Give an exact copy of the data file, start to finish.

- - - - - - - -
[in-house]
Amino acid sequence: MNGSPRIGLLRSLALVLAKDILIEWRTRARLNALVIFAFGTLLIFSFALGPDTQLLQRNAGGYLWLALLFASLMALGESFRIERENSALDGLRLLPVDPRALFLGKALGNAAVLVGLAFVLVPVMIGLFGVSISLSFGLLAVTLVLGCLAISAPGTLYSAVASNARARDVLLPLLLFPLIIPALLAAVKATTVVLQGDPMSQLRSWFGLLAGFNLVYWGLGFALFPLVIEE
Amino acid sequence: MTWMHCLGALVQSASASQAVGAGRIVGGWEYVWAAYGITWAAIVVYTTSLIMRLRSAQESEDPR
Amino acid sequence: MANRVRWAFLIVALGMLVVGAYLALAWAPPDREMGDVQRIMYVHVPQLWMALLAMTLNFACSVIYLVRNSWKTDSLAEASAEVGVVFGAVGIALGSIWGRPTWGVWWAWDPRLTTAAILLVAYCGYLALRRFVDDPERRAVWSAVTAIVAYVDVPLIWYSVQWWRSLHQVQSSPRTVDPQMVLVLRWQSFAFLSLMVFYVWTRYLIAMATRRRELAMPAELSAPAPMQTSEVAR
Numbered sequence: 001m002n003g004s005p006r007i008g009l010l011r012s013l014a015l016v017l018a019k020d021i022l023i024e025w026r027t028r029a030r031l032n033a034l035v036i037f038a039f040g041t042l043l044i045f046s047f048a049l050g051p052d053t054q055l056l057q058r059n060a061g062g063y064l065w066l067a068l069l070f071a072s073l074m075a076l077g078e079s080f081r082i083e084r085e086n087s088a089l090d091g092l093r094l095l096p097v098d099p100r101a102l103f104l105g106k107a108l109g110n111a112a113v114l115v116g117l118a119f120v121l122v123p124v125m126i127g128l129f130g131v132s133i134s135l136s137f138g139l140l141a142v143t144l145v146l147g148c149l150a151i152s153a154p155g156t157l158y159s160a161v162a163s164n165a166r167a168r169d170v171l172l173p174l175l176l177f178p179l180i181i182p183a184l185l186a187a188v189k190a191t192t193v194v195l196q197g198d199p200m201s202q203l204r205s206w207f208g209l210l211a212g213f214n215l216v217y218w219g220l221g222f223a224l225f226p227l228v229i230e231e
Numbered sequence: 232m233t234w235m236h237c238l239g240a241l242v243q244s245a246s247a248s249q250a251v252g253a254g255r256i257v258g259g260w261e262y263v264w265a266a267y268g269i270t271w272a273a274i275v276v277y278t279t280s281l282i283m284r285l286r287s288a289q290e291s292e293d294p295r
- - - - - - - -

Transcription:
[in-house]
Amino acid sequence: MNGSPRIGLLRSLALVLAKDILIEWRTRARLNALVIFAFGTLLIFSFALGPDTQLLQRNAGGYLWLALLFASLMALGESFRIERENSALDGLRLLPVDPRALFLGKALGNAAVLVGLAFVLVPVMIGLFGVSISLSFGLLAVTLVLGCLAISAPGTLYSAVASNARARDVLLPLLLFPLIIPALLAAVKATTVVLQGDPMSQLRSWFGLLAGFNLVYWGLGFALFPLVIEE
Amino acid sequence: MTWMHCLGALVQSASASQAVGAGRIVGGWEYVWAAYGITWAAIVVYTTSLIMRLRSAQESEDPR
Amino acid sequence: MANRVRWAFLIVALGMLVVGAYLALAWAPPDREMGDVQRIMYVHVPQLWMALLAMTLNFACSVIYLVRNSWKTDSLAEASAEVGVVFGAVGIALGSIWGRPTWGVWWAWDPRLTTAAILLVAYCGYLALRRFVDDPERRAVWSAVTAIVAYVDVPLIWYSVQWWRSLHQVQSSPRTVDPQMVLVLRWQSFAFLSLMVFYVWTRYLIAMATRRRELAMPAELSAPAPMQTSEVAR
Numbered sequence: 001m002n003g004s005p006r007i008g009l010l011r012s013l014a015l016v017l018a019k020d021i022l023i024e025w026r027t028r029a030r031l032n033a034l035v036i037f038a039f040g041t042l043l044i045f046s047f048a049l050g051p052d053t054q055l056l057q058r059n060a061g062g063y064l065w066l067a068l069l070f071a072s073l074m075a076l077g078e079s080f081r082i083e084r085e086n087s088a089l090d091g092l093r094l095l096p097v098d099p100r101a102l103f104l105g106k107a108l109g110n111a112a113v114l115v116g117l118a119f120v121l122v123p124v125m126i127g128l129f130g131v132s133i134s135l136s137f138g139l140l141a142v143t144l145v146l147g148c149l150a151i152s153a154p155g156t157l158y159s160a161v162a163s164n165a166r167a168r169d170v171l172l173p174l175l176l177f178p179l180i181i182p183a184l185l186a187a188v189k190a191t192t193v194v195l196q197g198d199p200m201s202q203l204r205s206w207f208g209l210l211a212g213f214n215l216v217y218w219g220l221g222f223a224l225f226p227l228v229i230e231e
Numbered sequence: 232m233t234w235m236h237c238l239g240a241l242v243q244s245a246s247a248s249q250a251v252g253a254g255r256i257v258g259g260w261e262y263v264w265a266a267y268g269i270t271w272a273a274i275v276v277y278t279t280s281l282i283m284r285l286r287s288a289q290e291s292e293d294p295r